“And not just I am doing the asking. All of the saved souls in Paradise, including Beatrice, are now praying to you, Mary. Their hands are clasped in prayer, and they are praying that my prayer be granted.”

Mary looked at Saint Bernard, and her look showed that his prayer pleased her, and then she looked at God. No one can look as deeply into the mind of God as Mary.

Dante burned to see God face to face. He raised his eyes.

Saint Bernard smiled and gestured for him to look up at God, but Dante was already looking. Dante’s vision was growing clearer, and he was beginning to see into the mind of God.

Dante the Poet, back on Earth and writing The Divine Comedy, thought, What I saw reached such heights that both memory and language fail me.

I am like a person who has had a dream and has woken up. Although he cannot remember the dream, he still feels the effect that the dream had on him.

The vision I had fades, but I can still remember the sweetness I felt while having the vision.

Other things fade in the same way. Footprints made in the snow fade when sunshine strikes the snow. The Sibyl would write down her prophecies on leaves — one letter to a leaf — and their meaning would fade when the wind blew and mixed up the leaves.

Now, God, I pray to You as I write: Please give me back a small part of what I experienced when I saw You face to face in Paradise. Let me remember now a small part of what I saw then. And I pray to You to give me enough command of words to reveal to future generations even one small spark of Your Being.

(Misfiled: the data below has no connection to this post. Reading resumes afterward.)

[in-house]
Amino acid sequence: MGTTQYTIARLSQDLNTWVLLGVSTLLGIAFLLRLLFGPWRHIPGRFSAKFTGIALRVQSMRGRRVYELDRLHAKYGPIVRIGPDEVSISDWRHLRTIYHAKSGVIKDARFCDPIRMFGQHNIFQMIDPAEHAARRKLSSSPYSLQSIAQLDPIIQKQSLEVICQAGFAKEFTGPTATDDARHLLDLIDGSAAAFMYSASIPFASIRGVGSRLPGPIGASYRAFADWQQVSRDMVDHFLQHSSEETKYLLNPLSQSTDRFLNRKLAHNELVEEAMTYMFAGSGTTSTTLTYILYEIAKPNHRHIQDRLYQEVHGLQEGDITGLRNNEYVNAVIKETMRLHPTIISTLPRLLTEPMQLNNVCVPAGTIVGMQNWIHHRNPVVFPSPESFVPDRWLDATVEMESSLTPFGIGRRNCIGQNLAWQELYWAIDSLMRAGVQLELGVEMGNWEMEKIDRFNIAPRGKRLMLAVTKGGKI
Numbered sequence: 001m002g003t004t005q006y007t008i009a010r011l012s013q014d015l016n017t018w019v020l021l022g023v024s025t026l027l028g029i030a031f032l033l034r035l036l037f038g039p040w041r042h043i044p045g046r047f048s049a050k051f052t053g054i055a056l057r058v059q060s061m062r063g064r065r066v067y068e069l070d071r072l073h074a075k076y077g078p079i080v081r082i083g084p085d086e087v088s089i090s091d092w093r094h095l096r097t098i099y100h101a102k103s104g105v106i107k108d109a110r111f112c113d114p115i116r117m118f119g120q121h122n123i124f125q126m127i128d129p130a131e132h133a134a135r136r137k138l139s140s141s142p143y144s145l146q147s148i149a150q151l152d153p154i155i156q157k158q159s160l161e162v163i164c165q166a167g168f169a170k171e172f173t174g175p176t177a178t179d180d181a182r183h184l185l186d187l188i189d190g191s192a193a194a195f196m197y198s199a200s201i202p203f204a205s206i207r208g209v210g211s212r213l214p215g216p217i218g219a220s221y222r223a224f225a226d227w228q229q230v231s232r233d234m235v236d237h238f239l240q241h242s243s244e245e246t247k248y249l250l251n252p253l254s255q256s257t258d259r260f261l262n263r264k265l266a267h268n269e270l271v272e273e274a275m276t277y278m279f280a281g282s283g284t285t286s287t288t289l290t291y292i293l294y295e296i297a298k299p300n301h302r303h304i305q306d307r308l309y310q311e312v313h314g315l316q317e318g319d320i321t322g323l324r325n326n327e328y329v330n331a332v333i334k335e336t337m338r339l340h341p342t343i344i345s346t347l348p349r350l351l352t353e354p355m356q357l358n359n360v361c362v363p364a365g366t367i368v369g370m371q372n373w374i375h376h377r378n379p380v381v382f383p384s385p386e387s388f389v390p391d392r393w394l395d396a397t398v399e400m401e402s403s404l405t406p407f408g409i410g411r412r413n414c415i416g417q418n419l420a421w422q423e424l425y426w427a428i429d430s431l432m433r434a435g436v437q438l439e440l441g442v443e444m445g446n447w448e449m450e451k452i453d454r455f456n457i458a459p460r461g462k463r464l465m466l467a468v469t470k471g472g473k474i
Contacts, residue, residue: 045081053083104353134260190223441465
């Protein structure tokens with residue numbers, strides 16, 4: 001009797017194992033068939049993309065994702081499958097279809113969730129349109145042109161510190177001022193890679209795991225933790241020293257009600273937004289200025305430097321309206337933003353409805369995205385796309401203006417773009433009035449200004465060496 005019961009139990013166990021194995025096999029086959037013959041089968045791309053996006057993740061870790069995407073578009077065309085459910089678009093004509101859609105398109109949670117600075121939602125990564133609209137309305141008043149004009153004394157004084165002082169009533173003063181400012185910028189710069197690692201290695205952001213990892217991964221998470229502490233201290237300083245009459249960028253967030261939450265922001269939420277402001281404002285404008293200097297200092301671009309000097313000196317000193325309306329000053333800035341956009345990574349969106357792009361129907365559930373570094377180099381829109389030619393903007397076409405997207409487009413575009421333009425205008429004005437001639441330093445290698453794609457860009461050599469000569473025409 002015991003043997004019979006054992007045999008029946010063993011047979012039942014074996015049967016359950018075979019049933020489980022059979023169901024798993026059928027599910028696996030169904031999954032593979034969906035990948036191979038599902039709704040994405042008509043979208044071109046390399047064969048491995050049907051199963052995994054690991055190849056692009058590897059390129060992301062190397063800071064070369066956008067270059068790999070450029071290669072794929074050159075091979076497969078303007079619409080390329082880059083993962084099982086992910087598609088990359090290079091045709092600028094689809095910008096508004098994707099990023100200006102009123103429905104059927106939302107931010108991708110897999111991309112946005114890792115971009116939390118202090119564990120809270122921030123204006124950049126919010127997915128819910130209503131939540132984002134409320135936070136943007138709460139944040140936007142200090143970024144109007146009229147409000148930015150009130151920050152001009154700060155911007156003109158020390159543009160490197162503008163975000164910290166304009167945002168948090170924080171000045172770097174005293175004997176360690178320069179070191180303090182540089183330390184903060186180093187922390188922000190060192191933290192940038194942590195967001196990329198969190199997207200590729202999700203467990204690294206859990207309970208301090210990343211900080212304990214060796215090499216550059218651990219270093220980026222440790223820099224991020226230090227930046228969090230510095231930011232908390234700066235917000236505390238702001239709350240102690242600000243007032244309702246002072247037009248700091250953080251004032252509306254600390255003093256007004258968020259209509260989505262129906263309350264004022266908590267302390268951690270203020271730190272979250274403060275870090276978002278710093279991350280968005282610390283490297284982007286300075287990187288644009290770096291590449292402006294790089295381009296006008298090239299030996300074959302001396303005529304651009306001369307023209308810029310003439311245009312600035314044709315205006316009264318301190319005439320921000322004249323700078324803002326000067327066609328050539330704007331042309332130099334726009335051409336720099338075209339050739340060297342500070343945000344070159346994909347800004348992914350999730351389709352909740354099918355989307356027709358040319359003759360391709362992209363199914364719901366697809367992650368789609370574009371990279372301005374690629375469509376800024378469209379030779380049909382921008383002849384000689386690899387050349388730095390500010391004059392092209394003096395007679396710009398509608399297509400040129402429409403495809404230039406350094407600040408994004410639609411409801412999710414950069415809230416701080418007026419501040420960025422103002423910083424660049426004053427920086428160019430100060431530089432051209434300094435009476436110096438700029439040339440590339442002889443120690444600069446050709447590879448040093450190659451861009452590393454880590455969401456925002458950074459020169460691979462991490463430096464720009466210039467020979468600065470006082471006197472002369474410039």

God, if knowledge of Your Being can return briefly to my mind, and if my words can capture even a small part of Your Being, men will know more about Your might.

I remember looking at the Eternal Light. The Light strengthened me so that I was able to see it. If I had looked away from the Light, my senses would have been overpowered and I would have fainted.

I remember that I kept looking at the Eternal Light. My strength grew, and my vision grew.

I remember that my vision united with the Eternal Light. By the grace of God, I saw within the mind of God.

I remember that contained within the mind of God is a book bound by love; that book is the universe. And in the mind of God are all forms and all essences of things. The essence of all things is found in the mind of God. I saw also substance, aka matter, and accident, aka the phases of matter, conjoined and how the two are related. And my words now can give only a hint of what I knew then.

I remember that I saw the conjoining of the temporal and the eternal in the mind of God. I know that I saw that because now as I write this, my heart is joyful.